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Digital chief selects regional press heroes of 2016

HiggersonA digital publishing chief has become the latest senior industry figure to name his regional press heroes from the past year.

David Higgerson, left, digital publishing director for Trinity Mirror Regionals, has hailed those “fighting to make a difference” in a post on his personal blog.

His list follows those of Steve Dyson and Alison Gow, whose nominations were both featured on HTFP before Christmas.

David’s list includes three daily editors who left their roles during 2016 – Nicola Furbisher of the Yorkshire Evening Post, Nigel Pickover of the Eastern Daily Press, and Neil White of the Derby Telegraph.

He said he had included “those fighting to make a difference within the industry through their own actions, attempting to inspire those around them, regardless of their role or seniority, at a time of great uncertainty”.

He added: “If you cut beyond the headlines and the punditry, there is a lot to celebrate despite the massive challenges the industry faces, challenges many in the industry are tackling head on.

“So it’s for that reason that I’ve come up with a list of the people or teams or brands I believe deserve acknowledgement for things done for the industry in 2016.

“Of course, it’s not exhaustive, there are people who I’ve bound to have missed out (sorry!), and I could just list all the great people I work with every day, but hopefully it paints a picture of some of the great things going on in the industry.”

Included in David’s list are:

* The CN Group, for the launch of the ill-fated 24 newspaper: “So many in our industry gave it no chance from the start, and there was far more debate on whether it covered the North (‘I couldn’t find it in Stanley’ etc etc) than there was about its quality. And those who read it will have found a good daily newspaper without an agenda, and which had the ability to prioritise news based on issues affecting the North.”

* Archant’s Matt Kelly, for the launch of pro-EU weekly The New European: “Meant just to last a few weeks, it’s now almost six months old and, having survived the first flush of Brexit anger, is now finding a place as kind on Spectator/New Statesman-on-newsprint title for those who have bonded around the concerns over Brexit. Isn’t regional journalism all about identifying communities and becoming part of them?”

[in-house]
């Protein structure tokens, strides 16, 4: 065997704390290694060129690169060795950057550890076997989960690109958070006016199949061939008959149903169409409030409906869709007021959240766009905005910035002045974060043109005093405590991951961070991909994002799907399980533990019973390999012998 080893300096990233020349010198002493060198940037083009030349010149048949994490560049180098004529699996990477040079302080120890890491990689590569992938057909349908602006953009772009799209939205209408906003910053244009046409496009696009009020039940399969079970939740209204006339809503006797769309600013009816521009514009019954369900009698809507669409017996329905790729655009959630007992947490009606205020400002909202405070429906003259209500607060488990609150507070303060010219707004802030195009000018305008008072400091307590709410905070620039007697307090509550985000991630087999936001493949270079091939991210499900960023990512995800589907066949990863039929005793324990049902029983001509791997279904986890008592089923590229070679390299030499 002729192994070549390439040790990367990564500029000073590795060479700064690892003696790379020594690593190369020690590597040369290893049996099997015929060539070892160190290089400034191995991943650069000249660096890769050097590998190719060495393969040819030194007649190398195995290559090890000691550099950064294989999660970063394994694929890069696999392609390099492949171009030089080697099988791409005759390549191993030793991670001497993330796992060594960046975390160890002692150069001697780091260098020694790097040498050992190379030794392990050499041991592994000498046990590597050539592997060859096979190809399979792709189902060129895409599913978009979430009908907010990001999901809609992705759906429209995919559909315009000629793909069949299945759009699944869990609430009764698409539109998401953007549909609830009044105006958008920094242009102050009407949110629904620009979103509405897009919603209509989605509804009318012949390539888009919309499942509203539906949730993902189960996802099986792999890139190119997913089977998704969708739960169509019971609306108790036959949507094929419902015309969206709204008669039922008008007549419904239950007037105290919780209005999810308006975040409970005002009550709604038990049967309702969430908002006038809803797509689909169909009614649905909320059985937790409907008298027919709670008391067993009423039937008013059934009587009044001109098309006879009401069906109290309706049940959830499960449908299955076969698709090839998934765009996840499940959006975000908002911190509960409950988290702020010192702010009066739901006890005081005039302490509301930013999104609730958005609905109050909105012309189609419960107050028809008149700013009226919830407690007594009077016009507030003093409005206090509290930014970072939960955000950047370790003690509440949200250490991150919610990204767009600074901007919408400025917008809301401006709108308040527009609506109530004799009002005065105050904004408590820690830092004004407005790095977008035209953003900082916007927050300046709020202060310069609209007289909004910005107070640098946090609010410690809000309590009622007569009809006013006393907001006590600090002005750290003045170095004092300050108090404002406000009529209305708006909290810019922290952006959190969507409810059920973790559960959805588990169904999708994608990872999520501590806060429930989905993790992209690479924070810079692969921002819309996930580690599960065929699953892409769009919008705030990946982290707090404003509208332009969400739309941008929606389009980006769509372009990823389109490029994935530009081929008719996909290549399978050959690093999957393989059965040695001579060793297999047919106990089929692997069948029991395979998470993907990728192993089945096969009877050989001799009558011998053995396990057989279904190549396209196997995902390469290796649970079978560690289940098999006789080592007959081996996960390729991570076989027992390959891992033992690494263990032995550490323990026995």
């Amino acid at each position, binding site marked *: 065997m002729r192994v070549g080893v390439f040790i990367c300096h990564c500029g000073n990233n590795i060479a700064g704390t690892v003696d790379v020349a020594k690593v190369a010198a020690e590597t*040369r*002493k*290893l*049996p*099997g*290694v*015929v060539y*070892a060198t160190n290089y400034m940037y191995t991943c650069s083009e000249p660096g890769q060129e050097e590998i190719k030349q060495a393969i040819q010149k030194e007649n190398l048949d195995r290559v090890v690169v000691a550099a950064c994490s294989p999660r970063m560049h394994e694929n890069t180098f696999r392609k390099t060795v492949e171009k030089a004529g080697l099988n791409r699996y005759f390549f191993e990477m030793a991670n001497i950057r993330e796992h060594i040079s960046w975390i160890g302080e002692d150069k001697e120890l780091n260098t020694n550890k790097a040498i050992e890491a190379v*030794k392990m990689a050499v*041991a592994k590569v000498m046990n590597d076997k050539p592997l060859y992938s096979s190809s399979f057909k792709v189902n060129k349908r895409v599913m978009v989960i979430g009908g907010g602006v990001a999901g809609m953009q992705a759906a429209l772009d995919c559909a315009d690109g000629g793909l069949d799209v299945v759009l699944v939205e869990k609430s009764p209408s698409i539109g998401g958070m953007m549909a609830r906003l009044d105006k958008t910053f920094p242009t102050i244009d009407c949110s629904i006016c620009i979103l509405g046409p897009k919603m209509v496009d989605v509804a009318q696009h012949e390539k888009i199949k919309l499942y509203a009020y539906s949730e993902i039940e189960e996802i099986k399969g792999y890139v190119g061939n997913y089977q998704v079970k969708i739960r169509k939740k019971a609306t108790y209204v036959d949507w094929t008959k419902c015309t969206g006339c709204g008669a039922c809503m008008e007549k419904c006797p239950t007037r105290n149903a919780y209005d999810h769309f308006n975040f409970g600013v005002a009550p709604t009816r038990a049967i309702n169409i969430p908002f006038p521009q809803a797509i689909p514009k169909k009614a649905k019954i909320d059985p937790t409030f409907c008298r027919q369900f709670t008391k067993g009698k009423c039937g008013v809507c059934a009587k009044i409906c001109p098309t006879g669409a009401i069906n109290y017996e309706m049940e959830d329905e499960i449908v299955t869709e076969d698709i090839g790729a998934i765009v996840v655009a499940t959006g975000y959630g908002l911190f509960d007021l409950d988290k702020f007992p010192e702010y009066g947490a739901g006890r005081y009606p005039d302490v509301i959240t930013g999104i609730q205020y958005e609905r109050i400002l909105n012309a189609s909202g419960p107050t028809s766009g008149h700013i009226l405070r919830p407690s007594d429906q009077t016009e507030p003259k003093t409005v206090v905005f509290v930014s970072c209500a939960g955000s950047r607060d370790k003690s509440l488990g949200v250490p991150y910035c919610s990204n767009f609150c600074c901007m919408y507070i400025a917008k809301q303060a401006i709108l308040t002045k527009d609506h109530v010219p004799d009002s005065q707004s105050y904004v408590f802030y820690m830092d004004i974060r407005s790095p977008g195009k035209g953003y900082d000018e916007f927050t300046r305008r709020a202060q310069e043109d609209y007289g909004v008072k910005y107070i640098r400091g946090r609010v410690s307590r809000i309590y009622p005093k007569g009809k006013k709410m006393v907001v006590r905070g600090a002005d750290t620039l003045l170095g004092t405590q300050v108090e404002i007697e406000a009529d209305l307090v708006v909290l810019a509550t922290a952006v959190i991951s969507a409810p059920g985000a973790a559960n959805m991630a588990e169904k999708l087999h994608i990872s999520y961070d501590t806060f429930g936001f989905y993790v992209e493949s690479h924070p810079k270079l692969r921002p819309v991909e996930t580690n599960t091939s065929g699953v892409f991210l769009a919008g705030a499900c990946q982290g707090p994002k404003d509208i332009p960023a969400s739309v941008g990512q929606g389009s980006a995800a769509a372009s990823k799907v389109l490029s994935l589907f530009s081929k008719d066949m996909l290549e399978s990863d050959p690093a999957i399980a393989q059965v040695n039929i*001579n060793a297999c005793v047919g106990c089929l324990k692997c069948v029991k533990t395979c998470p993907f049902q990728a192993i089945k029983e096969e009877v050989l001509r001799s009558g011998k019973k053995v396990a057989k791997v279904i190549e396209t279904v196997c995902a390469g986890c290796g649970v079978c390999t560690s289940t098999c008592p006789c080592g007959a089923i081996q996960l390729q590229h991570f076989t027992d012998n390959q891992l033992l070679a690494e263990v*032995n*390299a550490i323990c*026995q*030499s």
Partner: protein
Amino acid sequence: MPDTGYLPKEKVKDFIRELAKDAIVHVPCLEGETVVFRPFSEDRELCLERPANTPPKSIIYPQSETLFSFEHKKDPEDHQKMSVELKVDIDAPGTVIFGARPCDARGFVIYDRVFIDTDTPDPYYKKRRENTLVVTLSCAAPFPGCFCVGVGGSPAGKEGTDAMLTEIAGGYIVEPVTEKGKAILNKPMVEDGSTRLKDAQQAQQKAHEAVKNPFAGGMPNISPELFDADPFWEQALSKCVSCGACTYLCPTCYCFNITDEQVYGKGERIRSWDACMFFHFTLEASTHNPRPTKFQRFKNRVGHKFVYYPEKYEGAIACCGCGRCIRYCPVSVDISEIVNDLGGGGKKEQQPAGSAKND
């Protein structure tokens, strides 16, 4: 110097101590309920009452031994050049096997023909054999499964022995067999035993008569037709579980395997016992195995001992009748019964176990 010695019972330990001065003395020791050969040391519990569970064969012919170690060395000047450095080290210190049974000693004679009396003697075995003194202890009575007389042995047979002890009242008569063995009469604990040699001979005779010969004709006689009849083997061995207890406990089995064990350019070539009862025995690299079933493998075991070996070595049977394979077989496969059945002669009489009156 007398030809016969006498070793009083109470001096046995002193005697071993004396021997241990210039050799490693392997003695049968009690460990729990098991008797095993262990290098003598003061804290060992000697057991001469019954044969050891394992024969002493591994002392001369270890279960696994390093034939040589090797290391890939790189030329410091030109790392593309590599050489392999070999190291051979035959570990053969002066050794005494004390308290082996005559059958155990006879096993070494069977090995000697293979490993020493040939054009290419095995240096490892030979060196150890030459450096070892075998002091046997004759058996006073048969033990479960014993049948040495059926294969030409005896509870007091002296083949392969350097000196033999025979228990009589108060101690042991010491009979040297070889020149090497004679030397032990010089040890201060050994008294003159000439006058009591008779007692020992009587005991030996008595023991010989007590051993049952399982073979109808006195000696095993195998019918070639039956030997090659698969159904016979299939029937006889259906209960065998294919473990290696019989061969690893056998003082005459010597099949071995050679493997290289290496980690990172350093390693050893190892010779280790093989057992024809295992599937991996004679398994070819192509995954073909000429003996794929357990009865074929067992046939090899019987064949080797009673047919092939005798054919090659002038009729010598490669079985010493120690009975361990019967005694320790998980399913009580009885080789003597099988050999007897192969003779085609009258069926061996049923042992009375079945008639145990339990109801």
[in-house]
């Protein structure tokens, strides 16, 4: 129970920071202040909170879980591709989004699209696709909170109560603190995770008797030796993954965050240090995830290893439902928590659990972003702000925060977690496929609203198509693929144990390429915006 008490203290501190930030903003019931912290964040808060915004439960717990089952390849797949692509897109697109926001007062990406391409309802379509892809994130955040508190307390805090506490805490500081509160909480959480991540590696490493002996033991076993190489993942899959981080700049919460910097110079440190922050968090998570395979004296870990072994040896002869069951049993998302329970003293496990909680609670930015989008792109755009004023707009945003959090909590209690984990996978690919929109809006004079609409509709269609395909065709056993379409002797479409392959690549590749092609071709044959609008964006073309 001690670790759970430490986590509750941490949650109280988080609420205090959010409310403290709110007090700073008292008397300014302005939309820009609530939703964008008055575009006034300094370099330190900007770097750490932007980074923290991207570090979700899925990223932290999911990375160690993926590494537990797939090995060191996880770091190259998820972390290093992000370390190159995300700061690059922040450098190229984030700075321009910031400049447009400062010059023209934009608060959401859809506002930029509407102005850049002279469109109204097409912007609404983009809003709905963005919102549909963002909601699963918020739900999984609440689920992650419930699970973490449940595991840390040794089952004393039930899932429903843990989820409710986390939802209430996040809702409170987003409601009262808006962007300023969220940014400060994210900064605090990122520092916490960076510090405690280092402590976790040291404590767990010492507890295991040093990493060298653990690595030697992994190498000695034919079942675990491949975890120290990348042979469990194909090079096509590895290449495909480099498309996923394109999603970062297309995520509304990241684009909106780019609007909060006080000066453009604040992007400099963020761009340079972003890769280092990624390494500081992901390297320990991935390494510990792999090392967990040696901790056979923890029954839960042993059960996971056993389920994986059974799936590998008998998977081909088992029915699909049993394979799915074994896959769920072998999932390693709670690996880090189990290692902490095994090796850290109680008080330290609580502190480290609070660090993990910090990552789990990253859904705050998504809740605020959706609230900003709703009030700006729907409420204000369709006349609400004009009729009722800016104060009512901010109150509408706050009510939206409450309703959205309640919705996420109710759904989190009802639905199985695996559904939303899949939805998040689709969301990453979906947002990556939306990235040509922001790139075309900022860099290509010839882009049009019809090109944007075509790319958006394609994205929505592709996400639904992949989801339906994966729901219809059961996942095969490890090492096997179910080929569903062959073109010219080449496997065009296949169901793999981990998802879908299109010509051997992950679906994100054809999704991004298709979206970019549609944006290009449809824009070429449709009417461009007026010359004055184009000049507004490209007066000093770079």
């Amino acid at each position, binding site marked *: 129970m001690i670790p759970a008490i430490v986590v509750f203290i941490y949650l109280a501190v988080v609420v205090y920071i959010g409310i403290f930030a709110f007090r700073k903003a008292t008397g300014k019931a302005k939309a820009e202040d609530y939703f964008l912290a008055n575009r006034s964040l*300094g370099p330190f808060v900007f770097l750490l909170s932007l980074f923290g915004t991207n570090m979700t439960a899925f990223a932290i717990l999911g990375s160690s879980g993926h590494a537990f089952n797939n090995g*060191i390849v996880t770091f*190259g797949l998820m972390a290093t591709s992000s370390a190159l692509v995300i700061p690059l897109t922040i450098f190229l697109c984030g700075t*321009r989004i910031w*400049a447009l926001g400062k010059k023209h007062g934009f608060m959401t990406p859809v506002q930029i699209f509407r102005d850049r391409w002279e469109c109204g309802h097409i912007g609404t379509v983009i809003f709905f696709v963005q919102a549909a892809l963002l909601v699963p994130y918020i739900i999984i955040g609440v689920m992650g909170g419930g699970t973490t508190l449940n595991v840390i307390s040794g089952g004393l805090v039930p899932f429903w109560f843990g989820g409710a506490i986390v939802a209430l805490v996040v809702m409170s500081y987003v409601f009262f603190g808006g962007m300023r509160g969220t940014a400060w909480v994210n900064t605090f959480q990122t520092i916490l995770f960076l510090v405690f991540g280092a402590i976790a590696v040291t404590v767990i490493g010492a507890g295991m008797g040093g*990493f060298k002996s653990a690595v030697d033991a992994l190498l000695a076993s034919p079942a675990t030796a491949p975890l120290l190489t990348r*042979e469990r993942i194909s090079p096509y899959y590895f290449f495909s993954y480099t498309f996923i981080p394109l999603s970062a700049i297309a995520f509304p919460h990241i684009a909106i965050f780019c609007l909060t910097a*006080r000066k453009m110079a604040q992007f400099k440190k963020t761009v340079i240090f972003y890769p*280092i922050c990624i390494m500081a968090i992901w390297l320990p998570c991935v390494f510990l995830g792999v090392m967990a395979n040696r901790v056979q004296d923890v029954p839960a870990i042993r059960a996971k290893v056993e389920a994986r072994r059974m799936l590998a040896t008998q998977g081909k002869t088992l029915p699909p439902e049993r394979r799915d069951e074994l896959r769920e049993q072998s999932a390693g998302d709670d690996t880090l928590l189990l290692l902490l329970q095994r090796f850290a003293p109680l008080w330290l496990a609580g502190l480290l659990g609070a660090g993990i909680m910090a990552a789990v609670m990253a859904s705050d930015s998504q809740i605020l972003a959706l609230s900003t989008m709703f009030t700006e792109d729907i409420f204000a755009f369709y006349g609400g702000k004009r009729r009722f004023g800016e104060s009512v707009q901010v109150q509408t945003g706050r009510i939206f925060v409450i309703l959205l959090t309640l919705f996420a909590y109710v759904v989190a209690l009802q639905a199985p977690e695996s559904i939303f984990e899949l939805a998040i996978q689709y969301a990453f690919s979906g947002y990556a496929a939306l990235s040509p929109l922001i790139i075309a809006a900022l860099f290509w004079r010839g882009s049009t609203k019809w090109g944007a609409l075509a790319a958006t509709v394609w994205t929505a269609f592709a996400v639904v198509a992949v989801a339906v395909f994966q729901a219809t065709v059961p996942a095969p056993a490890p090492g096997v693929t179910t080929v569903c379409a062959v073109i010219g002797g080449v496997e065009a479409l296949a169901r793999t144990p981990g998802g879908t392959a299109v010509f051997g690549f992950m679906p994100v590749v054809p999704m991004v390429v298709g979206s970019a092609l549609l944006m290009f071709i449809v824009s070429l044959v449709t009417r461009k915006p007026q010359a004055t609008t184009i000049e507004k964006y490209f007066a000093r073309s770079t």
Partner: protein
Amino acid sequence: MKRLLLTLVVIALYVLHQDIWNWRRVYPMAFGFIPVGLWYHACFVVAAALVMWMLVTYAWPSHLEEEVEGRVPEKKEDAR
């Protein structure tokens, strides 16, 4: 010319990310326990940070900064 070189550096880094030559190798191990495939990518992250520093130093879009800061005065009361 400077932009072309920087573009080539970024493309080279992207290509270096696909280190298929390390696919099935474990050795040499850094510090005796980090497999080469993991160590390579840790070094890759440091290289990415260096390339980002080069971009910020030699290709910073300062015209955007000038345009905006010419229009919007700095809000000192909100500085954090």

* Mirror Media Ireland managing director Joanne McGreevy and editor-in-chief John Kierans for the launch of city news wbesite Dublin Live: “It is bringing a new voice to a competitive digital market, and in the process bringing regional news to an new audience. It’s a positive story I think deserves a bigger audience.”

* Nicola Furbisher.  “She leaves a superb paper in my opinion. Many city titles have struggled to strike the balance between reflecting the changing image of city against the more traditional expectations of core readers, and whenever I see the YEP (normally while changing trains at Leeds) I see a paper that is handling that challenge really well.”

* Nigel Pickover.  “[His farewell piece] was a brilliant read, and could (in my opinion) read as a manual for anyone who wants to be an editor about what’s important: Inspiring a team, becoming part of the community, working with other departments, being prepared to take a stand, and making sure you don’t just talk about ‘the newspaper’.”

* Neil White. “His work with the NCTJ, and dealing with the thorny but essential ‘what does the NCE need to examine to be relevant’ (aka the ‘Shorthand is Journalism’ debate) has been tireless, but he’s doing what a journalist should – asking difficult questions and proposing solutions. As a result, journalism, especially regional journalism should be better off.”

* Paul Bradshaw, who runs the MA Multiplatform and Mobile Journalism course at Birmingham City University: “Often challenging, but rarely wrong, Paul helps inspire those who listen to him or follow his blog, Twitter feed and increasing array of publications.”

* Andy Dickinson, from the University of Central Lancashire: “He’s clearly passionate about news, and strikes that rare balance of being able to tell us how it is while at the same time providing at least some of the answers on what we should be doing next.”

* The Hackney Citizen, for its battle with Hackney Council over its Hackney Today publication: “Founder Keith Magnum deserves the support of our whole industry to see off this PR-passing-off-as-journalism which fools no-one.”

* Wales Online, for its coverage of the 50th anniversary of the Aberfan disaster: “Their coverage was not just a project undertaken because they should, but driven by a desire to provide those who witnessed the dreadful event with an opportunity to tell their story in new ways. It set a new standard for regional journalism, I believe.”

* The Liverpool Echo, for its work on the Hillsborough disaster inquests: “It was a powerful reminder of the importance of doing right by your readers, even when the establishment is against you. The Liverpool Echo was the only organisation to live blog every day of the Hillsborough Inquests, something campaigners have sought to praise, highlighting in particular the hard work of reporter Eleanor Barlow, who served as the Echo’s Hillsborough reporter.”